Meta covertly training AI with user data without providing Instagram and Facebook users easy opt-out options
By Zoey Sky // Jun 10, 2024

Facebook parent company Meta has begun training its generative artificial intelligence features on user data in a manner that makes it difficult for users to opt-out.

Someone with basic knowledge of how user interface/experience (UX) and user behavior works often believe that it's best to use default settings. It's also worth noting that the ability to "opt-out," or for people to remove themselves from a feature that is included by default, is usually a deliberate choice to deceive users.

But when companies make it much harder for users to opt-out, things get a little more suspicious.

Meta's data sharing practices caught people's attention when a Facebook notification was recently sent to users in Europe because according to the notification, EU users will soon be affected by an update to the privacy policy as Meta rolls out new generative AI features in the region.

On a separate page, Meta's generative AI privacy policy explained that it uses "information shared on Meta’s Products and services," including user "posts or photos and their captions" to train its AI models. The company claimed that it will not use private messages for training data.

A Meta spokesperson claimed that the company is notifying users in accordance with its obligations "under local privacy laws" which is allegedly required under General Data Protection Regulation laws in Europe.

According to the notification received by Philip Bloom, a U.K.-based Facebook user, these changes will take effect on June 26, 2024.

While users in the United States have yet to receive the notification, based on Meta's data sharing policy, it seems to already be in effect. The company has been using generative AI features since September 2023.

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Meta first started with the ability to tag the Meta AI chatbot in conversations on Messenger, Instagram and WhatsApp, and chat with "AI personas" which are characters based on the licensed likenesses of celebrities like social media personality Charli D'Amelio, model and socialite Kendall Jenner and hip hop artist Snoop Dogg.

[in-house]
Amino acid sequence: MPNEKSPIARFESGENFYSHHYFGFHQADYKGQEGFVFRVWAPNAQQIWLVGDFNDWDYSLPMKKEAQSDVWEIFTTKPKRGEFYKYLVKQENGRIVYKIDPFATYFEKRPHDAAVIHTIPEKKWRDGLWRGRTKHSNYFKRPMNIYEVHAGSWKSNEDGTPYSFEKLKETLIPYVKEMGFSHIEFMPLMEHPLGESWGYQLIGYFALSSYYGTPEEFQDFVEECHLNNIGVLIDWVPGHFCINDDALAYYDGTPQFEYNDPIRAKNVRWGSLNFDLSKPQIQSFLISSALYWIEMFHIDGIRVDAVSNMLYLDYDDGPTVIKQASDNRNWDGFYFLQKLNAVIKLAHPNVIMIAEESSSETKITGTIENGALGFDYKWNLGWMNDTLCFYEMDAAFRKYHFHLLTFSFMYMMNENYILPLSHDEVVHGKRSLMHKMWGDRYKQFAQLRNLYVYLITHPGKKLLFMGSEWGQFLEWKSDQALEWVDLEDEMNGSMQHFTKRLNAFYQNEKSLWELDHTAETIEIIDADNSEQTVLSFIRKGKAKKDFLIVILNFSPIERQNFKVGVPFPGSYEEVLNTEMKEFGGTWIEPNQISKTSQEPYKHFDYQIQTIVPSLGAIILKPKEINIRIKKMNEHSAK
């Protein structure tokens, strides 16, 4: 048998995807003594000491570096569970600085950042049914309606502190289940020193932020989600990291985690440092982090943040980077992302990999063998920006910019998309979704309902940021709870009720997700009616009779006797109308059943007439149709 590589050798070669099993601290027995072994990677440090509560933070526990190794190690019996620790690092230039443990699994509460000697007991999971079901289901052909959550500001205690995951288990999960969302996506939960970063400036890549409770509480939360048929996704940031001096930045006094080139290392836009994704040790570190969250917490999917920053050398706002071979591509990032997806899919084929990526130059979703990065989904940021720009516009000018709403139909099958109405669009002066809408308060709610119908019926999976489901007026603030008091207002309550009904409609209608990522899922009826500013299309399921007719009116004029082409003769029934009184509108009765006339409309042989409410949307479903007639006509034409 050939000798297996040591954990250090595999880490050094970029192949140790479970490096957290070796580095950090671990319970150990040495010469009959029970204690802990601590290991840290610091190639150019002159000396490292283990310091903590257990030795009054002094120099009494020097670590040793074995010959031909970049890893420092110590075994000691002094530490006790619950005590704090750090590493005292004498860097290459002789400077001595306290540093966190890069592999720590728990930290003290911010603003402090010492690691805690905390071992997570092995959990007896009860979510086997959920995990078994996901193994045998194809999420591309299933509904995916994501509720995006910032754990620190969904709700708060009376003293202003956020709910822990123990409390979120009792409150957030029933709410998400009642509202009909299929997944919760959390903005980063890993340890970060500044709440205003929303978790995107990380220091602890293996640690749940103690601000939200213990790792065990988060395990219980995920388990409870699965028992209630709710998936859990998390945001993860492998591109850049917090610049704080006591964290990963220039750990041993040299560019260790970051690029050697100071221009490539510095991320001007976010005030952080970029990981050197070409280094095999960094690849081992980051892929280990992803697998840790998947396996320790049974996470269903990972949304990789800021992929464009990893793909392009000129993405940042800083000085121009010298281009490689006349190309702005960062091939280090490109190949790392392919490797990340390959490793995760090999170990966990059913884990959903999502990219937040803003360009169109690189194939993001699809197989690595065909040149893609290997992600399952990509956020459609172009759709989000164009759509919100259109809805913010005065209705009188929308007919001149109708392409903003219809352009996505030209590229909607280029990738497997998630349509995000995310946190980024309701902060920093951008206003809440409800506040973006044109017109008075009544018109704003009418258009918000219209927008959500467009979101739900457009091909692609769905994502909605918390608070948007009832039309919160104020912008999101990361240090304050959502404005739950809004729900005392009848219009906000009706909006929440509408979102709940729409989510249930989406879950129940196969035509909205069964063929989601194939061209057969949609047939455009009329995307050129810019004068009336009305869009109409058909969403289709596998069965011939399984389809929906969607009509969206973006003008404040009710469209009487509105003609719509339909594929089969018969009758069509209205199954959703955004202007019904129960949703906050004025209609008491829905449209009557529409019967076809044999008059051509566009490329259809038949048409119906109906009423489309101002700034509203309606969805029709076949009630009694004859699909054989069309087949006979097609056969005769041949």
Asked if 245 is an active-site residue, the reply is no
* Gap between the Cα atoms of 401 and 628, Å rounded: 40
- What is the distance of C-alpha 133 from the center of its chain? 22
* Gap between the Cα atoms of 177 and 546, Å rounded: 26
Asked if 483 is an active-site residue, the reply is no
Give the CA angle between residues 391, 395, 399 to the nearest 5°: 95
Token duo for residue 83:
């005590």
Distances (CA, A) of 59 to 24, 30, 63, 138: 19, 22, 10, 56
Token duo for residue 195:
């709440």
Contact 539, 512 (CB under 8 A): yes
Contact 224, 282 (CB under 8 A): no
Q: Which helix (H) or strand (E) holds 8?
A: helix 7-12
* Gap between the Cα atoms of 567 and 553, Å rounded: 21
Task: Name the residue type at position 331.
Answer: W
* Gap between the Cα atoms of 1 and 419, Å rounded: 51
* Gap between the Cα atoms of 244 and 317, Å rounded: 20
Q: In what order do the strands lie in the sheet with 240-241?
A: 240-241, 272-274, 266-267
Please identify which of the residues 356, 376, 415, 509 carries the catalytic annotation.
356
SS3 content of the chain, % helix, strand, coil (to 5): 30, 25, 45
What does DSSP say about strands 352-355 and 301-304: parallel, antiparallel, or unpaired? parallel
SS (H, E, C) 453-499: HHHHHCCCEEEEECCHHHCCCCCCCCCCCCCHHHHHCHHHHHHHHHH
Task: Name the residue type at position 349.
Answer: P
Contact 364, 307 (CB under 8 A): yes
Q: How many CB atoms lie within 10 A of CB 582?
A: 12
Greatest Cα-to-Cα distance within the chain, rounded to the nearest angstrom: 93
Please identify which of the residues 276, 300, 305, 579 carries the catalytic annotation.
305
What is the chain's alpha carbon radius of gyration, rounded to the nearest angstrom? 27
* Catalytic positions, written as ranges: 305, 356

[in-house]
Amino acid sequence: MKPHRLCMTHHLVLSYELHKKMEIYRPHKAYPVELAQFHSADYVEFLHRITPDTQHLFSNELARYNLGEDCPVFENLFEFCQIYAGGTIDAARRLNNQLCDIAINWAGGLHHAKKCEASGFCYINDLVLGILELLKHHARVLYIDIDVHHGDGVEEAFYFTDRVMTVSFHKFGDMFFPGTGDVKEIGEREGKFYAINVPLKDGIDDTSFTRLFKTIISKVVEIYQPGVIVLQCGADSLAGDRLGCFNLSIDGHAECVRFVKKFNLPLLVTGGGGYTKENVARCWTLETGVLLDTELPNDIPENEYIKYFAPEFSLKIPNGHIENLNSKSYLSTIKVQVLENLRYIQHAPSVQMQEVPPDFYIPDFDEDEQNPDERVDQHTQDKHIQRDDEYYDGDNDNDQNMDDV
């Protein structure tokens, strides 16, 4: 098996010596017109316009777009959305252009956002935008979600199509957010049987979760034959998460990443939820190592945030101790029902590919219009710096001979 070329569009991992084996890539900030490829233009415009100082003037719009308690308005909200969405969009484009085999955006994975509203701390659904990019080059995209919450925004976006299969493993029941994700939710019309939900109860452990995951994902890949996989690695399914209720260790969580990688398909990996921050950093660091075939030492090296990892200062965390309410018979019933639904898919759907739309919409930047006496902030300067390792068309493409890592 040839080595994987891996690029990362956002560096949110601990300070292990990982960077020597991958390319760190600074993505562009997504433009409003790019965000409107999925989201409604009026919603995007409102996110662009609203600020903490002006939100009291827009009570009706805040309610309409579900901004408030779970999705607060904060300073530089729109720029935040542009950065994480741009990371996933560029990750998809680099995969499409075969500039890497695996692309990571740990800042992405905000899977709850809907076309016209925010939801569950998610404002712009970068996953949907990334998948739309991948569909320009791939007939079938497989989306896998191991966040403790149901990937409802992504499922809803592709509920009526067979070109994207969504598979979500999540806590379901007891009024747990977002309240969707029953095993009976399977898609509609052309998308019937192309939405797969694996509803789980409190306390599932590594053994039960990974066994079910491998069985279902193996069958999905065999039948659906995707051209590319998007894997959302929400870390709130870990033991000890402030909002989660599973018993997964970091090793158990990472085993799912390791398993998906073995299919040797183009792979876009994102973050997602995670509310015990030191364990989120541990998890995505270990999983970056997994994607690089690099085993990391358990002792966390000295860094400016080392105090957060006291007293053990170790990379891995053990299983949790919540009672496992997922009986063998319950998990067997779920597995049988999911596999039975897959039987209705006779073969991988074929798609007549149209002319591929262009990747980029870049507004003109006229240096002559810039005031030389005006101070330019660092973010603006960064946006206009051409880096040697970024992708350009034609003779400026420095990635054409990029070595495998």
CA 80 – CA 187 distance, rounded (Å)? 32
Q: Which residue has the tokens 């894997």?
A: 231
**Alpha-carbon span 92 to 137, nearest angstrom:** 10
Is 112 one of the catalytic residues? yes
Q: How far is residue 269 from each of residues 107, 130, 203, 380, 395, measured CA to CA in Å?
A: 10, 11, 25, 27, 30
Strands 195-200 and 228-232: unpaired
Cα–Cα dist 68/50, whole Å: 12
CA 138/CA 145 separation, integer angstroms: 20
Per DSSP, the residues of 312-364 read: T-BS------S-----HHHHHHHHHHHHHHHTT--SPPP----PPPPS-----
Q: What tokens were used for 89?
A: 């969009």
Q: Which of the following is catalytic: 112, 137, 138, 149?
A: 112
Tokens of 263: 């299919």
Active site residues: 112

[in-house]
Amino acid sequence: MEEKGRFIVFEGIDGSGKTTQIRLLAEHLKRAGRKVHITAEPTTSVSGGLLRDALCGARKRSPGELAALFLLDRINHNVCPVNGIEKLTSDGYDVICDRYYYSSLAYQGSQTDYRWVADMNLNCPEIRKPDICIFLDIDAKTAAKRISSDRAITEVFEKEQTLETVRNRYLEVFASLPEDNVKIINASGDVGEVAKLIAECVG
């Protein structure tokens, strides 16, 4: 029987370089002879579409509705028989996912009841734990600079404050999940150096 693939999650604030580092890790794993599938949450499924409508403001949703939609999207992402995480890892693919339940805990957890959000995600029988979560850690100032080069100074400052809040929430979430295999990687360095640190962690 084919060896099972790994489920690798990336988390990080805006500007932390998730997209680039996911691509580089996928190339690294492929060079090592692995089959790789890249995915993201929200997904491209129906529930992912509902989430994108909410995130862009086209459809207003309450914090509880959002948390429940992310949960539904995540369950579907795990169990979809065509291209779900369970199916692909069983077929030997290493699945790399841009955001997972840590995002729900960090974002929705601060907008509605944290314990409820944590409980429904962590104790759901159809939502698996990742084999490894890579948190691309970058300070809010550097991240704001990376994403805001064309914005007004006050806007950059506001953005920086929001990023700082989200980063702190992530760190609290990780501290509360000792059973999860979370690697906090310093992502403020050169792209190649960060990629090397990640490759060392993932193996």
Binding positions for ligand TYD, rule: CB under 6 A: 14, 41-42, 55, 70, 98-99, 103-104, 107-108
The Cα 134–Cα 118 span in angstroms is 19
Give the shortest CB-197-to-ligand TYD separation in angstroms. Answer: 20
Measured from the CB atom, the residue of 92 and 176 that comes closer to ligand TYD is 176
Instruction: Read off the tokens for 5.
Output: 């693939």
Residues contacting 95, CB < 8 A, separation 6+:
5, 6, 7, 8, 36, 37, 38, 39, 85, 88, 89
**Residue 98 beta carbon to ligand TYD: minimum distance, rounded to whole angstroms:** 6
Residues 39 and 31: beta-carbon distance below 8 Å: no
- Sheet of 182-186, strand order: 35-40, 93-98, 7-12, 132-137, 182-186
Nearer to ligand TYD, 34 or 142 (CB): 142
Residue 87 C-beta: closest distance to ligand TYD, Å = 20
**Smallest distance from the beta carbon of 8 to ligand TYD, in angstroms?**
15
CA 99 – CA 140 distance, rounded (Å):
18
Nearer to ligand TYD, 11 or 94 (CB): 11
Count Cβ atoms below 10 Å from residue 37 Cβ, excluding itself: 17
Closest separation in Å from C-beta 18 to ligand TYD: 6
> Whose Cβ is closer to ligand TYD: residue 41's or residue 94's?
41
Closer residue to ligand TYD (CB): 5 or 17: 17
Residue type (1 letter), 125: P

The company recently expanded its AI-powered features by making Meta AI the default search bar on Facebook, Instagram, Messenger and WhatsApp. Additionally, it has allowed users to chat with the AI about specific posts.

However, if you don't like these features, there is no option to turn them off.

A user on X going by the handle Tantacrul said he was "shocked by the design of @Meta's new notification" informing users that the company wants to use the content they post "to train their AI models."

Tantacrul shared the many steps required to update user settings, adding that the process seems to be "intentionally designed to be highly awkward in order to [minimize] the number of users who will object to it."

How to opt out of data sharing with Meta AI models

If you don't want Meta to access your data, you need to delete your accounts.

But if you want to keep your social media accounts, there are several ways to limit how much data you share. For some users, clicking on the opt-out link will show you a message that says the option is only available to users in certain regions.

Clicking on another link will redirect you to a Meta help center page where you can submit a request to access, delete, or file a complaint about personal information "from third parties being used to develop and improve AI at Meta."

As you fill out the form, you will be given three options related to third-party data being used for improving AI at Meta:

  • Access, download or correct any personal information from third parties used for building and improving AI at Meta
  • Delete any personal information from third parties used for building and improving AI at Meta
  • Submit a concern about personal information from third parties that is related to a response received from an AI at Meta model, feature or experience

Keep in mind that there is no specific mention of opting out of sharing your data with the models on the Meta help center page. Additionally, the options are narrow and relate specifically to third parties.

The form also claims that requests aren't automatically fulfilled and that Meta will need to review your request based on local laws. This means that users in the E.U. or U.K. who fall under stricter privacy laws might have an easier time deleting or accessing their data. (Related: Meta’s new face camera can be used for ILLEGAL SURVEILLANCE of private citizens.)

After you decide on the relevant option, Meta will require you to fill out your name, country of residence, email and specific evidence explaining why you're submitting your request.

The form will then require you to submit "any prompts you entered that generated a response that included your personal information" or upload a screenshot of the response.

This means you are required to give a specific example of why you wish to delete your data. However, this doesn't guarantee that Meta will fulfill your request.

Visit for more stories about Meta and Facebook.

Watch the video below to find out why Meta wants users to stay distracted in the Metaverse.

This video is from the Red Voice Media channel on

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Sources include: 1 2

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